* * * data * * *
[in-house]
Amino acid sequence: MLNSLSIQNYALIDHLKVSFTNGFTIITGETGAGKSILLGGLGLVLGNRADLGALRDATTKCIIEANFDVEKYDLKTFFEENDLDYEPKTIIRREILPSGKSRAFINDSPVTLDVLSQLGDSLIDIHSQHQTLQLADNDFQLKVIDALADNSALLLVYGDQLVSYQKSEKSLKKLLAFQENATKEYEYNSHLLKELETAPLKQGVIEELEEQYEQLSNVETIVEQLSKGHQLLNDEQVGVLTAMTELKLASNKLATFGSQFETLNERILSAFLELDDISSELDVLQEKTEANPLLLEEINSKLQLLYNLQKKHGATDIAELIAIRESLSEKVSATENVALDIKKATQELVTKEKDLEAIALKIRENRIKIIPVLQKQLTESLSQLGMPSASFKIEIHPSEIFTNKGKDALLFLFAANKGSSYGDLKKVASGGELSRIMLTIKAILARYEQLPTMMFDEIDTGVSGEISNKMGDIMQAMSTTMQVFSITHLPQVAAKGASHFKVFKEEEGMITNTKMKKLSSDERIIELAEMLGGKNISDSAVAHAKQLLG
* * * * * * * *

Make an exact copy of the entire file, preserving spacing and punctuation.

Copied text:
[in-house]
Amino acid sequence: MLNSLSIQNYALIDHLKVSFTNGFTIITGETGAGKSILLGGLGLVLGNRADLGALRDATTKCIIEANFDVEKYDLKTFFEENDLDYEPKTIIRREILPSGKSRAFINDSPVTLDVLSQLGDSLIDIHSQHQTLQLADNDFQLKVIDALADNSALLLVYGDQLVSYQKSEKSLKKLLAFQENATKEYEYNSHLLKELETAPLKQGVIEELEEQYEQLSNVETIVEQLSKGHQLLNDEQVGVLTAMTELKLASNKLATFGSQFETLNERILSAFLELDDISSELDVLQEKTEANPLLLEEINSKLQLLYNLQKKHGATDIAELIAIRESLSEKVSATENVALDIKKATQELVTKEKDLEAIALKIRENRIKIIPVLQKQLTESLSQLGMPSASFKIEIHPSEIFTNKGKDALLFLFAANKGSSYGDLKKVASGGELSRIMLTIKAILARYEQLPTMMFDEIDTGVSGEISNKMGDIMQAMSTTMQVFSITHLPQVAAKGASHFKVFKEEEGMITNTKMKKLSSDERIIELAEMLGGKNISDSAVAHAKQLLG